These broader potential uses of some IT service management applications should not be overlooked in the evaluation process, according to Karen Smith, research director with the Boston, MA-based IT market analysts the Aberdeen Group. In the case of the City of Des Moines, despite the city's desire to be forward looking in its IT plans, Armstrong said he had not predicted the possibility that a separate instance of HEAT would be put to work in departments across the city to log and route work requests generated by citizen complaints for things such as fixing pot holes. So Armstrong stuck to a traditional evaluation scheme, choosing to look at key decision drivers, such as:
- The flexibility to modify the product as needed.
- The availability of sufficient supplementary tools to drive a successful help desk.
- Compatibility with previously made IT infrastructure standards, such as the ability of the database aspect of the product to run on Microsoft SQL server and a Windows application server (the city is now using Windows 2000).
- Viability and reputation of the vendor.
- Minimal ongoing support requirements.
- The availability of local support if something were to go wrong.
- Low cost.
Because some help desk applications can be put into use in other areas of the enterprise, Smith encourages help desk managers to work with their broader IT organization when selecting a product, as well. This will naturally broaden the selection criteria.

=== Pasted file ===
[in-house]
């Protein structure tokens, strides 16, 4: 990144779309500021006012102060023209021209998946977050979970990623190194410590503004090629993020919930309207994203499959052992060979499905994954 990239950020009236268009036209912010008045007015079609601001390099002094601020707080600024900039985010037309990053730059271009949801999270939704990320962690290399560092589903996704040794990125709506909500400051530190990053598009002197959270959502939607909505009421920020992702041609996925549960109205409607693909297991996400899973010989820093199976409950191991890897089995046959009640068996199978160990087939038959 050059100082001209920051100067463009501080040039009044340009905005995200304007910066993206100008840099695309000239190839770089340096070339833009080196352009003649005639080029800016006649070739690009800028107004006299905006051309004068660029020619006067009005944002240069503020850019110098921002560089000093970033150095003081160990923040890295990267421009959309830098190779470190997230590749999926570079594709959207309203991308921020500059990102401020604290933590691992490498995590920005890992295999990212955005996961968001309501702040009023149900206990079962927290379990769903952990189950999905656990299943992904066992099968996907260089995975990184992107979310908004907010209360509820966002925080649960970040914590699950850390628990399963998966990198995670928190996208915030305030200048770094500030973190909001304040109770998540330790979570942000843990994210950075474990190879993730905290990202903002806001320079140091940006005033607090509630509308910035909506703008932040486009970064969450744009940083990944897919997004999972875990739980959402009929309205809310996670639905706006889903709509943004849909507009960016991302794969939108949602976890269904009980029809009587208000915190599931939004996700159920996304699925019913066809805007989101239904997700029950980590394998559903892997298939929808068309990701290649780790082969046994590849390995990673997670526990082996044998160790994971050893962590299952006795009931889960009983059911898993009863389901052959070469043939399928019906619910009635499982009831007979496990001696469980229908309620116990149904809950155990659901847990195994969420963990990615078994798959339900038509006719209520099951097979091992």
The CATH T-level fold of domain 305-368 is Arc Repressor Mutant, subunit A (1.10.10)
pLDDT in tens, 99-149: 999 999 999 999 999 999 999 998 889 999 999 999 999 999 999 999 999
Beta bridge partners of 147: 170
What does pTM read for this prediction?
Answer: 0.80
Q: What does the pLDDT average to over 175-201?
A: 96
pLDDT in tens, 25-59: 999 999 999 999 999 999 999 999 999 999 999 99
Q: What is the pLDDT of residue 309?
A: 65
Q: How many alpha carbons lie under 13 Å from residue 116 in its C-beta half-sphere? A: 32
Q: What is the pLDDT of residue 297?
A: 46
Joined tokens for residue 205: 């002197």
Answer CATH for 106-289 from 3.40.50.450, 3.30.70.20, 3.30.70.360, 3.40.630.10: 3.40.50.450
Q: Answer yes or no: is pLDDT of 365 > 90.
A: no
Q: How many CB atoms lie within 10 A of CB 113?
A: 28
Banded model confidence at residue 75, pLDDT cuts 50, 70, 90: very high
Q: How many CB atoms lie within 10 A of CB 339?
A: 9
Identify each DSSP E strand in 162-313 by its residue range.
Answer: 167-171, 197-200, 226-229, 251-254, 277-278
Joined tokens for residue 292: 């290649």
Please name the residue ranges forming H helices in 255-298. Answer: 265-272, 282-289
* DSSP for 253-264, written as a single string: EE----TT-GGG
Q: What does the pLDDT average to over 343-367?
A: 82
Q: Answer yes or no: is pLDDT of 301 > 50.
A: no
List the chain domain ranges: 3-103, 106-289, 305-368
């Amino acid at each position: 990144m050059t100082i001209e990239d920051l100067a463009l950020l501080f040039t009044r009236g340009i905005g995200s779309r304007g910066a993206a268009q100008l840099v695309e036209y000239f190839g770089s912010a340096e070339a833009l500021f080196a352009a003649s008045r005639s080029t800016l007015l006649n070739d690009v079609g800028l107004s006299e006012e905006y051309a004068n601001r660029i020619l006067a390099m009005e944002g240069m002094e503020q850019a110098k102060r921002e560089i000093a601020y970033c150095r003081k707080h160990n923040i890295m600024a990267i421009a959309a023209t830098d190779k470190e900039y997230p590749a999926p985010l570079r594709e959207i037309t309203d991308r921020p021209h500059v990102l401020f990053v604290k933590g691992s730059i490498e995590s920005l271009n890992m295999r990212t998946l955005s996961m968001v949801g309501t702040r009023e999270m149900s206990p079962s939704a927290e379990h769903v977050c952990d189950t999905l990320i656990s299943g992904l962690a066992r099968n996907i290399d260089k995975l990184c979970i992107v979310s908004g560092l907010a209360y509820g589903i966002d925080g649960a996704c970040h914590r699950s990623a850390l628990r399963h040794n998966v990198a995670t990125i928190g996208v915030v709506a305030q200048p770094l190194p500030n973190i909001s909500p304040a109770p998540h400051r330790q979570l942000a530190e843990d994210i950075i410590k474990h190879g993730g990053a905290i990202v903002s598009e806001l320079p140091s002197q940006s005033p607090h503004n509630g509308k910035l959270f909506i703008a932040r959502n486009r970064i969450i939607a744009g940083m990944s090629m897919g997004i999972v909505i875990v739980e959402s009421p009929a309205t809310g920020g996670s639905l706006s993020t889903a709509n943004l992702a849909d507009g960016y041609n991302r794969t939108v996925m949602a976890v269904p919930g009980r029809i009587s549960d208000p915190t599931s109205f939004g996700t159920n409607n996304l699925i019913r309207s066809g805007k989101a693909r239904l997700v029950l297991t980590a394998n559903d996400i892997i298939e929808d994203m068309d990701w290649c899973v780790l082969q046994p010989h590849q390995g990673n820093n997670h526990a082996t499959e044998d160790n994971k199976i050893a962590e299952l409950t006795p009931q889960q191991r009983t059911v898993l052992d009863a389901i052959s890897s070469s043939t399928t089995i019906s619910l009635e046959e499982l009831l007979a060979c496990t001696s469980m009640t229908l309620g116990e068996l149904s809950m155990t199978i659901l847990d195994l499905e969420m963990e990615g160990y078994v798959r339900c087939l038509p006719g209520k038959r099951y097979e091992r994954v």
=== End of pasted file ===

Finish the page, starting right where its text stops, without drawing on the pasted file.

"[Help desk managers] need to make sure they have company executive buy-in from the C-level," Smith said. "If they do not endorse it, it will be hard to push a new way of doing things on people."
Part of getting C-level input involves taking stock of the potential need for logging and tracking applications across the enterprise. These may include adaptations of the tools for human resources or facility operations uses.
So, evaluation teams must consider what other applications can be integrated with the IT service management solution to "select a technology that will deliver the highest value opportunity, not only for the short term, but also for the long term," Smith said.
As such, Smith said other points on which to evaluate potential vendors should include:
- The comfort level your company has with the vendor's culture and future plans.
- The vendor's approach to optimizing the service management application to produce significant business value in the future.
Launching with little fuss
Without predicting its future potential within city government, Armstrong went ahead with the purchase of HEAT for his new help desk. The City of Des Moines paid $19,000 for HEAT's help desk application. This installation took less than four months to complete and rolled out in April 1999. Two people from Armstrong's IT operations and one person from FrontRange performed the installation.